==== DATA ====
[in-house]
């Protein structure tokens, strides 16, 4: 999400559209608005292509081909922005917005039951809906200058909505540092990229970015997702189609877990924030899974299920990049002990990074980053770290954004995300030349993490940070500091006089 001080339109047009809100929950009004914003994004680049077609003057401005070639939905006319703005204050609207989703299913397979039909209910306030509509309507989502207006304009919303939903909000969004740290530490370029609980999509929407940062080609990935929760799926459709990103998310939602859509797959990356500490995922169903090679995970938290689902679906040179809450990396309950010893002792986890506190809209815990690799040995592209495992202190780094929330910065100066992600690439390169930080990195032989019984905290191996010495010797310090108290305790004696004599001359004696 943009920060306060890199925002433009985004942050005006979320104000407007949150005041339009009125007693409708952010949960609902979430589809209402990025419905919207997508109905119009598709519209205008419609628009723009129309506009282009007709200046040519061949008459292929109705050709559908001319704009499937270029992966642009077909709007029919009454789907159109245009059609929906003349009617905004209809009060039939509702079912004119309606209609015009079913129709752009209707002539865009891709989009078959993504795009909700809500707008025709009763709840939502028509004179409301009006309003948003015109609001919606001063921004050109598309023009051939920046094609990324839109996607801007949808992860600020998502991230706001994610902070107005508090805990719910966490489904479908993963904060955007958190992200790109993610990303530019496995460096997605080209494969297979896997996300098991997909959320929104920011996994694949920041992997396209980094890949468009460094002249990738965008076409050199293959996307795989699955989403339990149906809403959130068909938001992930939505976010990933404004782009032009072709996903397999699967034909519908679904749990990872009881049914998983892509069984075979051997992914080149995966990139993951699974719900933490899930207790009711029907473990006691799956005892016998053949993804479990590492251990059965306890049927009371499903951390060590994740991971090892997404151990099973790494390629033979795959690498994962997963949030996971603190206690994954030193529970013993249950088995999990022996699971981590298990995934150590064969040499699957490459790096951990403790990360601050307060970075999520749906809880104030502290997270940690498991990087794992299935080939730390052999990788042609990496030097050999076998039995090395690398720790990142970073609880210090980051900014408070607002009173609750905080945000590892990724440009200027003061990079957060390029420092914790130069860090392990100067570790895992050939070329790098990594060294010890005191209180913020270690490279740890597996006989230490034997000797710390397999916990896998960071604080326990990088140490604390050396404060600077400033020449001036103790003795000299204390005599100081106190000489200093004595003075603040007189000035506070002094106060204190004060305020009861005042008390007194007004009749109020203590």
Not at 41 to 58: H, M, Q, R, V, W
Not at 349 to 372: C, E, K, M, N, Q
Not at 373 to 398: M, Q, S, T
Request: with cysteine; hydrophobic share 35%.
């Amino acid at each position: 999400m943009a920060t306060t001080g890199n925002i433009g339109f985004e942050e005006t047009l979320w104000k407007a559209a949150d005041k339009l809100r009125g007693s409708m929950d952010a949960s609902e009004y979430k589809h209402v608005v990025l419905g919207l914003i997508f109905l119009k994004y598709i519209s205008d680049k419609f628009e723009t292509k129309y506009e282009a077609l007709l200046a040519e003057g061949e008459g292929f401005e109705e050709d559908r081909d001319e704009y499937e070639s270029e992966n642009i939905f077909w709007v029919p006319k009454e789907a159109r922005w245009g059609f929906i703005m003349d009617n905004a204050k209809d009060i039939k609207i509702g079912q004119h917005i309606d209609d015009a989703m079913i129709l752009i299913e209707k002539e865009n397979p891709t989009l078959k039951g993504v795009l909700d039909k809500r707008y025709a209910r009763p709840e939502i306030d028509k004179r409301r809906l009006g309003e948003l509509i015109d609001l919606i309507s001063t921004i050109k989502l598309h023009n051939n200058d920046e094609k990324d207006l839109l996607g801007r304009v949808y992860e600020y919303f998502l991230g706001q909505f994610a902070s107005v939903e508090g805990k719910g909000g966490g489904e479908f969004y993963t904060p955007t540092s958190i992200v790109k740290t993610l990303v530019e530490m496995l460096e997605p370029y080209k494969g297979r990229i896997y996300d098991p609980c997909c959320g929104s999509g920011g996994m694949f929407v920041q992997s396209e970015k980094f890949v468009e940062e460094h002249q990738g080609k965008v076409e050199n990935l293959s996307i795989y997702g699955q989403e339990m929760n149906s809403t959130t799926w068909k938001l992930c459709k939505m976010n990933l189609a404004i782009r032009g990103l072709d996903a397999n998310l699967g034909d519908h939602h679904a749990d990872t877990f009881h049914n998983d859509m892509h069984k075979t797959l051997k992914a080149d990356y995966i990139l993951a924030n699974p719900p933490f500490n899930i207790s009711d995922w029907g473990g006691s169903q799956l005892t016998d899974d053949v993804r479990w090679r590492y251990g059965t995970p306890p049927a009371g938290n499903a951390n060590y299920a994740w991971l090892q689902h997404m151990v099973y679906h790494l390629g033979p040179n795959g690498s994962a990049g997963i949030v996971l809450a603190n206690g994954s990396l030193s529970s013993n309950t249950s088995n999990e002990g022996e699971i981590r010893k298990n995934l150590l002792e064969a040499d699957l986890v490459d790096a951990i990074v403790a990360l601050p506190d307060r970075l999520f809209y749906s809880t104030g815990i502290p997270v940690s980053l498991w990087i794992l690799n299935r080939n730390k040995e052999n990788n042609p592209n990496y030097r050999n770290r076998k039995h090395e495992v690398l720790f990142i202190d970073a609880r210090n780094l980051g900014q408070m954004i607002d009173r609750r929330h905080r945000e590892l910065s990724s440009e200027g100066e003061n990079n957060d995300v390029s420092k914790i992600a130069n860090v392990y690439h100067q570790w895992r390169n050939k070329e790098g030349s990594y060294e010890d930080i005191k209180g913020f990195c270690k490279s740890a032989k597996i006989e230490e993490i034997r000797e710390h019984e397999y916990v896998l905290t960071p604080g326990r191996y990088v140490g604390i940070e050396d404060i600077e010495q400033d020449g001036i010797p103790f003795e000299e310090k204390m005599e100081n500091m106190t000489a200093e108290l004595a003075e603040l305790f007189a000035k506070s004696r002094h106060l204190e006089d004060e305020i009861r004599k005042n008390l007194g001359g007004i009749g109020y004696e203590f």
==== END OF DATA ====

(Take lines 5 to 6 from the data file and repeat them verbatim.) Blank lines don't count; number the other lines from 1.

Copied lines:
Not at 373 to 398: M, Q, S, T
Request: with cysteine; hydrophobic share 35%.